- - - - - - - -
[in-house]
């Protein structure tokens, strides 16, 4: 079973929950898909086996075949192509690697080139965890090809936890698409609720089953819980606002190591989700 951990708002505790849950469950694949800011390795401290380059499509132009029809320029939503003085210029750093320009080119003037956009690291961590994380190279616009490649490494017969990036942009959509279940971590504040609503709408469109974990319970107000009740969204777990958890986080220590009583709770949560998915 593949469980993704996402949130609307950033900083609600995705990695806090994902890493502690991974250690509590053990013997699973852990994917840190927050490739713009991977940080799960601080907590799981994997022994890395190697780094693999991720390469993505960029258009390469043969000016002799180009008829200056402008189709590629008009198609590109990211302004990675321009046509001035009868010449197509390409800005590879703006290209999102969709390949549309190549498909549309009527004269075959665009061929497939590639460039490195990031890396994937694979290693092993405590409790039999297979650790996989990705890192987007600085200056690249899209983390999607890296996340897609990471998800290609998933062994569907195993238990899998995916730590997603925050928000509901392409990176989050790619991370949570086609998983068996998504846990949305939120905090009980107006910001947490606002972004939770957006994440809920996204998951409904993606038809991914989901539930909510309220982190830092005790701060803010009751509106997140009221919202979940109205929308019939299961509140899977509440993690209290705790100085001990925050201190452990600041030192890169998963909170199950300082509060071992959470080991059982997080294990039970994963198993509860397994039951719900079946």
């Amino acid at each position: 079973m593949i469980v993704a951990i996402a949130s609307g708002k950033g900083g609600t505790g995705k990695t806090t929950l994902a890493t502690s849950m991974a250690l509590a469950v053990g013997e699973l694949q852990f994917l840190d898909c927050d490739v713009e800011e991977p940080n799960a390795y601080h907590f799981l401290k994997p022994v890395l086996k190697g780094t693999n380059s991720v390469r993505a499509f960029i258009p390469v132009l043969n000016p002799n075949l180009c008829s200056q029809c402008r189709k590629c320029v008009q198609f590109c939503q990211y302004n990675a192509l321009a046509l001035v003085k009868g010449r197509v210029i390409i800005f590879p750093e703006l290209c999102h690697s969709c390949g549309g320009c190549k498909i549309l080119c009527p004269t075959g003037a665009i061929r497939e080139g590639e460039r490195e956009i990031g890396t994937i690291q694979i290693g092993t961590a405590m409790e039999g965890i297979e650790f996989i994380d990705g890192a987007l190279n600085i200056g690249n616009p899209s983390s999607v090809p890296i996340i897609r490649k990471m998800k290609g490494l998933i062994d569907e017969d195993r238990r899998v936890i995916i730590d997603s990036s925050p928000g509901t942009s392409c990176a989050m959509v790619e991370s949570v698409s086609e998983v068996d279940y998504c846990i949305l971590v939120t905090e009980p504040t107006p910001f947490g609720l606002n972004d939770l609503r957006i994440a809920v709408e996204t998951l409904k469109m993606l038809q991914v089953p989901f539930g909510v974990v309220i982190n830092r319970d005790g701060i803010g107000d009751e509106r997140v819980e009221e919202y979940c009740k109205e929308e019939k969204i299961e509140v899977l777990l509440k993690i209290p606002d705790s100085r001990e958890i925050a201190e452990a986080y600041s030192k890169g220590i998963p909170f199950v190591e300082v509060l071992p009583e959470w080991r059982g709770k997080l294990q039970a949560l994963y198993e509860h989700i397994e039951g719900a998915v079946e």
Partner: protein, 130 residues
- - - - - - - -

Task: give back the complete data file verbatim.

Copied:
[in-house]
């Protein structure tokens, strides 16, 4: 079973929950898909086996075949192509690697080139965890090809936890698409609720089953819980606002190591989700 951990708002505790849950469950694949800011390795401290380059499509132009029809320029939503003085210029750093320009080119003037956009690291961590994380190279616009490649490494017969990036942009959509279940971590504040609503709408469109974990319970107000009740969204777990958890986080220590009583709770949560998915 593949469980993704996402949130609307950033900083609600995705990695806090994902890493502690991974250690509590053990013997699973852990994917840190927050490739713009991977940080799960601080907590799981994997022994890395190697780094693999991720390469993505960029258009390469043969000016002799180009008829200056402008189709590629008009198609590109990211302004990675321009046509001035009868010449197509390409800005590879703006290209999102969709390949549309190549498909549309009527004269075959665009061929497939590639460039490195990031890396994937694979290693092993405590409790039999297979650790996989990705890192987007600085200056690249899209983390999607890296996340897609990471998800290609998933062994569907195993238990899998995916730590997603925050928000509901392409990176989050790619991370949570086609998983068996998504846990949305939120905090009980107006910001947490606002972004939770957006994440809920996204998951409904993606038809991914989901539930909510309220982190830092005790701060803010009751509106997140009221919202979940109205929308019939299961509140899977509440993690209290705790100085001990925050201190452990600041030192890169998963909170199950300082509060071992959470080991059982997080294990039970994963198993509860397994039951719900079946």
């Amino acid at each position: 079973m593949i469980v993704a951990i996402a949130s609307g708002k950033g900083g609600t505790g995705k990695t806090t929950l994902a890493t502690s849950m991974a250690l509590a469950v053990g013997e699973l694949q852990f994917l840190d898909c927050d490739v713009e800011e991977p940080n799960a390795y601080h907590f799981l401290k994997p022994v890395l086996k190697g780094t693999n380059s991720v390469r993505a499509f960029i258009p390469v132009l043969n000016p002799n075949l180009c008829s200056q029809c402008r189709k590629c320029v008009q198609f590109c939503q990211y302004n990675a192509l321009a046509l001035v003085k009868g010449r197509v210029i390409i800005f590879p750093e703006l290209c999102h690697s969709c390949g549309g320009c190549k498909i549309l080119c009527p004269t075959g003037a665009i061929r497939e080139g590639e460039r490195e956009i990031g890396t994937i690291q694979i290693g092993t961590a405590m409790e039999g965890i297979e650790f996989i994380d990705g890192a987007l190279n600085i200056g690249n616009p899209s983390s999607v090809p890296i996340i897609r490649k990471m998800k290609g490494l998933i062994d569907e017969d195993r238990r899998v936890i995916i730590d997603s990036s925050p928000g509901t942009s392409c990176a989050m959509v790619e991370s949570v698409s086609e998983v068996d279940y998504c846990i949305l971590v939120t905090e009980p504040t107006p910001f947490g609720l606002n972004d939770l609503r957006i994440a809920v709408e996204t998951l409904k469109m993606l038809q991914v089953p989901f539930g909510v974990v309220i982190n830092r319970d005790g701060i803010g107000d009751e509106r997140v819980e009221e919202y979940c009740k109205e929308e019939k969204i299961e509140v899977l777990l509440k993690i209290p606002d705790s100085r001990e958890i925050a201190e452990a986080y600041s030192k890169g220590i998963p909170f199950v190591e300082v509060l071992p009583e959470w080991r059982g709770k997080l294990q039970a949560l994963y198993e509860h989700i397994e039951g719900a998915v079946e």
Partner: protein, 130 residues